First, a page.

Description and Biology
The yucca plant bug, Halticotoma valida, has a dark (navy blue to almost black) abdomen and wings with an orange thorax and head. Adults are about 1/8 inch long. Yucca plant bugs are skittish and shy. Females insert their eggs into the leaf and deposit a light colored material around the cap of the egg. The overwintering eggs hatch in late March and a second generation appears around the first of June. These mature in 3 to 4 weeks. Altogether, there are four generations per year in North Carolina. The nymphs are orange-brown and molt five times until they become adults. In some years nymphs are present until November and adults are present until late December.
Yucca plant bugs have been found feeding on five species of yucca and on Dasylirion, a yucca-like plant. Yucca plant bugs do about the same kind of damage to yucca as lace bugs do to azalea. They stipple the leaves and cause them to yellow and look ugly. They also leave unsightly black specks of excrement on the leaves.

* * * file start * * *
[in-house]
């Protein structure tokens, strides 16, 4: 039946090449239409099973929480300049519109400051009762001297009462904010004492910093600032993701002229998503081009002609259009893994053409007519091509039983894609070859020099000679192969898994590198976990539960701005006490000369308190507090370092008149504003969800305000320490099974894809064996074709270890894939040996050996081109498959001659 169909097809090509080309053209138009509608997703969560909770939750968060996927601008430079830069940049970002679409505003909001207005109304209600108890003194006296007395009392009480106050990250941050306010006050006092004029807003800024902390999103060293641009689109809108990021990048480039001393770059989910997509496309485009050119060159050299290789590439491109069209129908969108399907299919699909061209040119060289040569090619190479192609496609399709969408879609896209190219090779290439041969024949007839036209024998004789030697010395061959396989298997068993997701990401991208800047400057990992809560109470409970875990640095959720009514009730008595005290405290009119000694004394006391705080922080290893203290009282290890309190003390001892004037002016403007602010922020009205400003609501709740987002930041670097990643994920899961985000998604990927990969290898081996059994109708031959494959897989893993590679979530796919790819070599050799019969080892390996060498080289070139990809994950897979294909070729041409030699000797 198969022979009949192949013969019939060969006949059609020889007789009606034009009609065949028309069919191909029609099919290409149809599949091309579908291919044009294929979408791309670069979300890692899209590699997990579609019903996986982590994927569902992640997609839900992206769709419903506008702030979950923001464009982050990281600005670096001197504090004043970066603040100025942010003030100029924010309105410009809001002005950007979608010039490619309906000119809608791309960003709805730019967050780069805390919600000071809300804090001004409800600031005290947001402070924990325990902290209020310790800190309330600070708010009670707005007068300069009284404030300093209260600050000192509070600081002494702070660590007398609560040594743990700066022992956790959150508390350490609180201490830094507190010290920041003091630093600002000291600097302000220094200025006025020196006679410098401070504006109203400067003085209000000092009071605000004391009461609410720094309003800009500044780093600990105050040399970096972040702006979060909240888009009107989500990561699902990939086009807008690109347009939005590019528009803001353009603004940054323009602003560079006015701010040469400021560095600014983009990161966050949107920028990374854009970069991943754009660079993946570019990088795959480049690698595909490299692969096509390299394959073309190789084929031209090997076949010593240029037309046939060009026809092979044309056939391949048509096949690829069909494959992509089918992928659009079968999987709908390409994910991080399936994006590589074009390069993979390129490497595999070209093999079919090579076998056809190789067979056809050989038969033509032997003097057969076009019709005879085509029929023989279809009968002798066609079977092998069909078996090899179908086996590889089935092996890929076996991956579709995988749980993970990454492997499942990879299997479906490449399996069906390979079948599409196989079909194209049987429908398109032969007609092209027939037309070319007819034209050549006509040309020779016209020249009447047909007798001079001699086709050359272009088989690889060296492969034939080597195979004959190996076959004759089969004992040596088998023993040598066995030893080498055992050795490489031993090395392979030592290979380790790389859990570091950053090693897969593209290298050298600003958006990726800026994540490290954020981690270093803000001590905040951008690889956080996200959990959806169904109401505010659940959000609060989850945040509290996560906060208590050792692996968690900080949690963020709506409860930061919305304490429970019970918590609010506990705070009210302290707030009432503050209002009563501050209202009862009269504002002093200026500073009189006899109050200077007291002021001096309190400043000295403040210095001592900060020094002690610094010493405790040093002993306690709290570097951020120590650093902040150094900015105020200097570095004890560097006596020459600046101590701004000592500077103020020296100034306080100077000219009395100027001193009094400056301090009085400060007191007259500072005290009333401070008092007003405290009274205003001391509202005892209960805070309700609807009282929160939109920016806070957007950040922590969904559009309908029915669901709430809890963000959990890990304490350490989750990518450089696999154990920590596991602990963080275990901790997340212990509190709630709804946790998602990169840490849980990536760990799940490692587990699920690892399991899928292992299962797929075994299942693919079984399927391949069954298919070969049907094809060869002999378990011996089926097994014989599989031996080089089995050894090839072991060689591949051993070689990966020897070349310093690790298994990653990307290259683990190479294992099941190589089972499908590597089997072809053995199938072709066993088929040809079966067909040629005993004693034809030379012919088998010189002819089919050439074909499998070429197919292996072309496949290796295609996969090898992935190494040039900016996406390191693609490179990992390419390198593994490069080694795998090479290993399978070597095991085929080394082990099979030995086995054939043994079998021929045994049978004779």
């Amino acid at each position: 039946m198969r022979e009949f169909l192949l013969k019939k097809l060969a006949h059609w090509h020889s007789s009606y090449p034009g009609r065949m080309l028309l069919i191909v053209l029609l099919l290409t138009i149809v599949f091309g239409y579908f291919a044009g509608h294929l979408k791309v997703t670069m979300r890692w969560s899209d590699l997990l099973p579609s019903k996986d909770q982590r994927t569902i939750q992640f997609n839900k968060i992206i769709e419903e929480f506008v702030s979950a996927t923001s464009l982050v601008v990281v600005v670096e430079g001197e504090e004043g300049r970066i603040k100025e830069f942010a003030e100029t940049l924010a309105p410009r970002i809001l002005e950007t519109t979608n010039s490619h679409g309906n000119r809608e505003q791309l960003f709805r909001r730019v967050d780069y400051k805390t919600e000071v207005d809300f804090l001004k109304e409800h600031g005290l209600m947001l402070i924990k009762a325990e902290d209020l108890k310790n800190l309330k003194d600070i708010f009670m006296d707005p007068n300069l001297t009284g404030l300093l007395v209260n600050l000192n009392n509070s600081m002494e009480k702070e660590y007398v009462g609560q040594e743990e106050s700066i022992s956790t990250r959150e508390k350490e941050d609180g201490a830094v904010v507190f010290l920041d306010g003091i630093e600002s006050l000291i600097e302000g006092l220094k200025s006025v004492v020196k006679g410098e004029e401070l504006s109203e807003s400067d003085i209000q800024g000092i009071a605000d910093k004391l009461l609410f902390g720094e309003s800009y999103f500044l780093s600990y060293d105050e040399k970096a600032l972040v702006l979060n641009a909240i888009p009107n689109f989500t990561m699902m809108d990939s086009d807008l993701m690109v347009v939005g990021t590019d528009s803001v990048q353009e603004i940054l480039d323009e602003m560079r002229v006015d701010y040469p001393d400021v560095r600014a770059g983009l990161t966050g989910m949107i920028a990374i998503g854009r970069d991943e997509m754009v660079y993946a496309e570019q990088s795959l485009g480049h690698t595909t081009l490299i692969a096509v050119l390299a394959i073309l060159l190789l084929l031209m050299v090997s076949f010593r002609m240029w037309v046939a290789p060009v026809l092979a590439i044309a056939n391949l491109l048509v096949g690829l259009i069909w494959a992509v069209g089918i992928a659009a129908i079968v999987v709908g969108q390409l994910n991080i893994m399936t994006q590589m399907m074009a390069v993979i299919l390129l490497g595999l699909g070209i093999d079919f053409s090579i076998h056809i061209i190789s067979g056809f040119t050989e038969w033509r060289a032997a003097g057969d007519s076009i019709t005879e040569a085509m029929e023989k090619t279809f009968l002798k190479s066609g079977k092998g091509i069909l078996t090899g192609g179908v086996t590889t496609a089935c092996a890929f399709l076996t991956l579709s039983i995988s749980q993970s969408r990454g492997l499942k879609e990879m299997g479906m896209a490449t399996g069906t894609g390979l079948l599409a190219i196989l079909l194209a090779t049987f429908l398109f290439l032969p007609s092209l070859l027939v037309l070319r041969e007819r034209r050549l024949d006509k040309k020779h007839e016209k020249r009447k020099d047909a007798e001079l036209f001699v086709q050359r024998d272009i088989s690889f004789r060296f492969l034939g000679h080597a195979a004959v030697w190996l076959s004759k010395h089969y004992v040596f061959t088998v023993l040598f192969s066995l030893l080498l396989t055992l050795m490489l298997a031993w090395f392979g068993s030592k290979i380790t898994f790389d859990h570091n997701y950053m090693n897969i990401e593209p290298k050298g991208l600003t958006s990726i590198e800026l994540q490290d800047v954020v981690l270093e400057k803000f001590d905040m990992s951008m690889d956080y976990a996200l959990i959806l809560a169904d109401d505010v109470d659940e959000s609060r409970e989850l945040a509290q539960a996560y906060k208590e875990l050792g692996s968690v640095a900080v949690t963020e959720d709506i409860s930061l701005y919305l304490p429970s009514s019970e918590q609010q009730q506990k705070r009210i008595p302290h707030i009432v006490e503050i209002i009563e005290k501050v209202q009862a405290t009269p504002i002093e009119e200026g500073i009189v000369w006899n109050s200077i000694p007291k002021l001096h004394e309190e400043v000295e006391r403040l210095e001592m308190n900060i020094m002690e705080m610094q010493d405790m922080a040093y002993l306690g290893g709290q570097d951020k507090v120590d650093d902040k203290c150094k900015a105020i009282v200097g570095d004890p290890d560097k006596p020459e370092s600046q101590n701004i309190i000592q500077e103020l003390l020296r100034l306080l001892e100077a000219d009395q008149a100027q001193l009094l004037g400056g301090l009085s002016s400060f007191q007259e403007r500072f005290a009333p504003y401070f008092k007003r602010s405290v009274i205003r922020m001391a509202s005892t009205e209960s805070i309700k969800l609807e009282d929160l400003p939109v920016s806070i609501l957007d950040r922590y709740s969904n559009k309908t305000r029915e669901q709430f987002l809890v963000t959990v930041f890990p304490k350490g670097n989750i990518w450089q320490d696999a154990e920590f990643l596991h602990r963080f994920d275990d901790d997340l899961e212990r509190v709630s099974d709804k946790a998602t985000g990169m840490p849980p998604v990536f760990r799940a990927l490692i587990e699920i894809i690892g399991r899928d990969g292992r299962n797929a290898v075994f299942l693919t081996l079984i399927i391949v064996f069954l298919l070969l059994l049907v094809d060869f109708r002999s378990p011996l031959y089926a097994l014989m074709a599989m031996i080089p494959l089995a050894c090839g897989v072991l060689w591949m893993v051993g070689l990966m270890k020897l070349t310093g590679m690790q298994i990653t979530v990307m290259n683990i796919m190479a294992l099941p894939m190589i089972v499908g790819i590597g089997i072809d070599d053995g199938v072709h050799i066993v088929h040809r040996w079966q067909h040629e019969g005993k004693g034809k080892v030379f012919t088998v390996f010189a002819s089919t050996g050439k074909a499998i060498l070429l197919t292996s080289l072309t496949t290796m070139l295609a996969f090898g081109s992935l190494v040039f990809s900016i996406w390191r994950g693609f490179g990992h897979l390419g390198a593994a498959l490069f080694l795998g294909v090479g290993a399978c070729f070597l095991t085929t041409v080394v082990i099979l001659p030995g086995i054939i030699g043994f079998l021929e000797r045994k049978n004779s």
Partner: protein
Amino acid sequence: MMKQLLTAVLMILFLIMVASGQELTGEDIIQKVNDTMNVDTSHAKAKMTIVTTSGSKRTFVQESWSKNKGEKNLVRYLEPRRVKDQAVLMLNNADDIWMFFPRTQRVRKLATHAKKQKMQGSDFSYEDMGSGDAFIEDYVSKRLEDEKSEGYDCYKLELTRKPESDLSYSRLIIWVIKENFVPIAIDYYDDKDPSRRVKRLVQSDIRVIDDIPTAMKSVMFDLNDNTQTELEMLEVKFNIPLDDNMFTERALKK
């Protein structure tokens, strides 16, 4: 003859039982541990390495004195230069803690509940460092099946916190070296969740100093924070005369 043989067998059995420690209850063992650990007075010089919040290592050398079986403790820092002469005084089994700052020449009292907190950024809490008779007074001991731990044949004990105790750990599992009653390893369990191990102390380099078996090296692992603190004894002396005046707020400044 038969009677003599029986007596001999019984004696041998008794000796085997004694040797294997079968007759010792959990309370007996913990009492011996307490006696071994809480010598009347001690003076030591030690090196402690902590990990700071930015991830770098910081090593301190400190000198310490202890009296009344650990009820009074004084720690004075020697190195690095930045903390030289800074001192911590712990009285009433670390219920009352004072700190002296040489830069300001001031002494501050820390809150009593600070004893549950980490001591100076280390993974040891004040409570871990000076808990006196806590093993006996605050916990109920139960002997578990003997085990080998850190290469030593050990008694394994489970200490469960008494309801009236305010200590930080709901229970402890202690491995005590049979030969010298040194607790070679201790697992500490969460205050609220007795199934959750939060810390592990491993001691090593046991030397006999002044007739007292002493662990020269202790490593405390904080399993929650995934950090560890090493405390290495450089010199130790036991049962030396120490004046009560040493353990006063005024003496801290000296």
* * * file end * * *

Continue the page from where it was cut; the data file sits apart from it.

Yucca plant bugs are susceptible to pesticides. Sevin, Orthene or a pyrethroid should give adequate control. It may be necessary to treat again in a few weeks because these pesticides may not kill yucca plant bug eggs inside the leaf tissue.
- Yucca Plant Bug, Halticotoma valida: Authorship, Distribution, Host Plants, and Notes on Biology. Wheeler, A. G. 1976. Florida Entomologist 59 (1): 71-76.
- NC State Extension Plant Pathology Publications
- NC State Horticultural Science Publications
- North Carolina Agricultural Chemicals Manual
For assistance with a specific problem, contact your local Cooperative Extension center.
Publication date: Nov. 14, 2013
Revised: Oct. 24, 2019
Recommendations for the use of agricultural chemicals are included in this publication as a convenience to the reader. The use of brand names and any mention or listing of commercial products or services in this publication does not imply endorsement by NC State University or N.C. A&T State University nor discrimination against similar products or services not mentioned. Individuals who use agricultural chemicals are responsible for ensuring that the intended use complies with current regulations and conforms to the product label. Be sure to obtain current information about usage regulations and examine a current product label before applying any chemical. For assistance, contact your local N.C. Cooperative Extension county center.
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